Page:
These are the standard members of
struct lconv; there may be
".", and the value of
""(the empty string).
groupingapplies to non-monetary quantities and
mon_groupingapplies to monetary quantities. Use either
mon_thousands_septo separate the digit groups. Each string is made up of decimal numbers separated by semicolons. Successive numbers (from left to right) give the sizes of successive groups (from right to left, starting at the decimal point). The last number in the string is used over and over for all the remaining groups. If the last integer is
-1, it means that there is no more grouping--or, put another way, any remaining digits form one large group without separators. For example, if
"4;3;2", the correct grouping for the number
123456787654321is `12', `34', `56', `78', `765', `4321'. This uses a group of 4 digits at the end, preceded by a group of 3 digits, preceded by groups of 2 digits (as many as needed). With a separator of `,', the number would be printed as `12,34,56,78,765,4321'. A value of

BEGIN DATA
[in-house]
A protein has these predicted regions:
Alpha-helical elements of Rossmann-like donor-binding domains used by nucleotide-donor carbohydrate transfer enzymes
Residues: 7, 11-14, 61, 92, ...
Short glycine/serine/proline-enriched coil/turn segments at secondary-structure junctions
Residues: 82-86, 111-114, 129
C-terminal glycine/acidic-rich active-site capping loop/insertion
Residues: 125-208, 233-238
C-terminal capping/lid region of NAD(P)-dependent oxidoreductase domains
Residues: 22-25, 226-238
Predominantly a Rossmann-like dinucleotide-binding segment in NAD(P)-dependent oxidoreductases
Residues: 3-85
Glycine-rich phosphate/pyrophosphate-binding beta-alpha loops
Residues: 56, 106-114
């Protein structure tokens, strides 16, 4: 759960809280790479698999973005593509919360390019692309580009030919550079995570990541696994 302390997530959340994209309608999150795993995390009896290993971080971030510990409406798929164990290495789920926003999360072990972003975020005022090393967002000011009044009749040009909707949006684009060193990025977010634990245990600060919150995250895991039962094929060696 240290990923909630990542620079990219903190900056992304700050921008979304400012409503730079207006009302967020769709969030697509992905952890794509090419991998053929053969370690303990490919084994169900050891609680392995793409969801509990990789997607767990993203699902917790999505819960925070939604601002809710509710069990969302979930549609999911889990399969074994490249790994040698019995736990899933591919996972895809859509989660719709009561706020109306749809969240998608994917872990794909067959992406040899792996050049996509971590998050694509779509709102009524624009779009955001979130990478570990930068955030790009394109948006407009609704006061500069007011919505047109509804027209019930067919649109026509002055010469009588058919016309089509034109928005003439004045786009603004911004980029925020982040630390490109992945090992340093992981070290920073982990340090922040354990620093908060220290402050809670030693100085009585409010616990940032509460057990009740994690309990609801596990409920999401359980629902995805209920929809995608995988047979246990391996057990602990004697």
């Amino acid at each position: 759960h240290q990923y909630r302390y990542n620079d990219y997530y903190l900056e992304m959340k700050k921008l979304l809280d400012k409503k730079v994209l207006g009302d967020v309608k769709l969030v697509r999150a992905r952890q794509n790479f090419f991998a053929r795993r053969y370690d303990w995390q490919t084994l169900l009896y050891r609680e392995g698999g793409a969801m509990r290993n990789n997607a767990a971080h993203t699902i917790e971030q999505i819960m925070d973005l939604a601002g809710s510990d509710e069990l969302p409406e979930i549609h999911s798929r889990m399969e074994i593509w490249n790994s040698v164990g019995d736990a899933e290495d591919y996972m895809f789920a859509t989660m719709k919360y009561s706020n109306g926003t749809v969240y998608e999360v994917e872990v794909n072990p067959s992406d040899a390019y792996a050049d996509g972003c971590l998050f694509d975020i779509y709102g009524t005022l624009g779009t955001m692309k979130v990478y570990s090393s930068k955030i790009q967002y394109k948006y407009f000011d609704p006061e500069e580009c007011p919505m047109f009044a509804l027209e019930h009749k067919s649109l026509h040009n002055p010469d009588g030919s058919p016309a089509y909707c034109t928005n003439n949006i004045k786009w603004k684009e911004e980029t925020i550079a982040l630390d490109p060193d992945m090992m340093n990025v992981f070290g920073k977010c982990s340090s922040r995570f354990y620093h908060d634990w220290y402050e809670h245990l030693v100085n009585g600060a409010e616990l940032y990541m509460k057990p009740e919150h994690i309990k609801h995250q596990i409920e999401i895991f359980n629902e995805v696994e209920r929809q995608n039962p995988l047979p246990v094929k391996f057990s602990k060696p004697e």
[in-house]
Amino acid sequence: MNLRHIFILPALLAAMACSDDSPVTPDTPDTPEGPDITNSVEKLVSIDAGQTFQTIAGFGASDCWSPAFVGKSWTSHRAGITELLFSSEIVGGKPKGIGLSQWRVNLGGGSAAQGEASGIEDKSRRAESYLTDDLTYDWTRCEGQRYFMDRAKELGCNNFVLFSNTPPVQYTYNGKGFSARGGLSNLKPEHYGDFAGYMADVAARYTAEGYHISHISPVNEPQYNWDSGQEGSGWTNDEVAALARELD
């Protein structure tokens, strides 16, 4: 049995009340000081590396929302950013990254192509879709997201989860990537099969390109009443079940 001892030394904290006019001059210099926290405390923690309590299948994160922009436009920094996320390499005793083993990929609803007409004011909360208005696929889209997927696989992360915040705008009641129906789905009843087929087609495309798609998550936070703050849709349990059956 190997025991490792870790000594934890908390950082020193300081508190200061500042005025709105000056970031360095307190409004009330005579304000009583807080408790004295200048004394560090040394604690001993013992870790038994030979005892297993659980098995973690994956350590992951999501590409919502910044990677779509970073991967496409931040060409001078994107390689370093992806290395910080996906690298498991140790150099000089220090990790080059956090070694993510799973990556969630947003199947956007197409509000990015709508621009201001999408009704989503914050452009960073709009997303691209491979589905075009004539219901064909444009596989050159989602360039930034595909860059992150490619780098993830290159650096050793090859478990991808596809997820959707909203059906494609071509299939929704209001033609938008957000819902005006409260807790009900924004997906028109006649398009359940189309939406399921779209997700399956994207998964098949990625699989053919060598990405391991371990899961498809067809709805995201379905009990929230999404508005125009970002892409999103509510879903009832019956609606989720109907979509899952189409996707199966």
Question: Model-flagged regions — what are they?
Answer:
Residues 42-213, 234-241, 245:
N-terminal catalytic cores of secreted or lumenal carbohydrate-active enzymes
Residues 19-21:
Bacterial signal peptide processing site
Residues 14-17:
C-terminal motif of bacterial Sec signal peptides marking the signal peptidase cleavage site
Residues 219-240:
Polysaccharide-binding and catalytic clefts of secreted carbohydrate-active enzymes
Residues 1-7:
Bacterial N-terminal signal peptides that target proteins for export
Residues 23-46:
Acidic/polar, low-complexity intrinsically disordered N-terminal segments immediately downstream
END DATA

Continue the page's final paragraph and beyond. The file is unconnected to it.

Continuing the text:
"3"indicates repeated groups of three digits, as normally used in the U.S. In the standard `C' locale, both
mon_groupinghave a value of
"". This value specifies no grouping at all.
CHAR_MAX, meaning "unspecified". The ISO standard doesn't say what to do when you find this the value; we recommend printing no fractional digits. (This locale also specifies the empty string for
mon_decimal_point, so printing any fractional digits would be confusing!)
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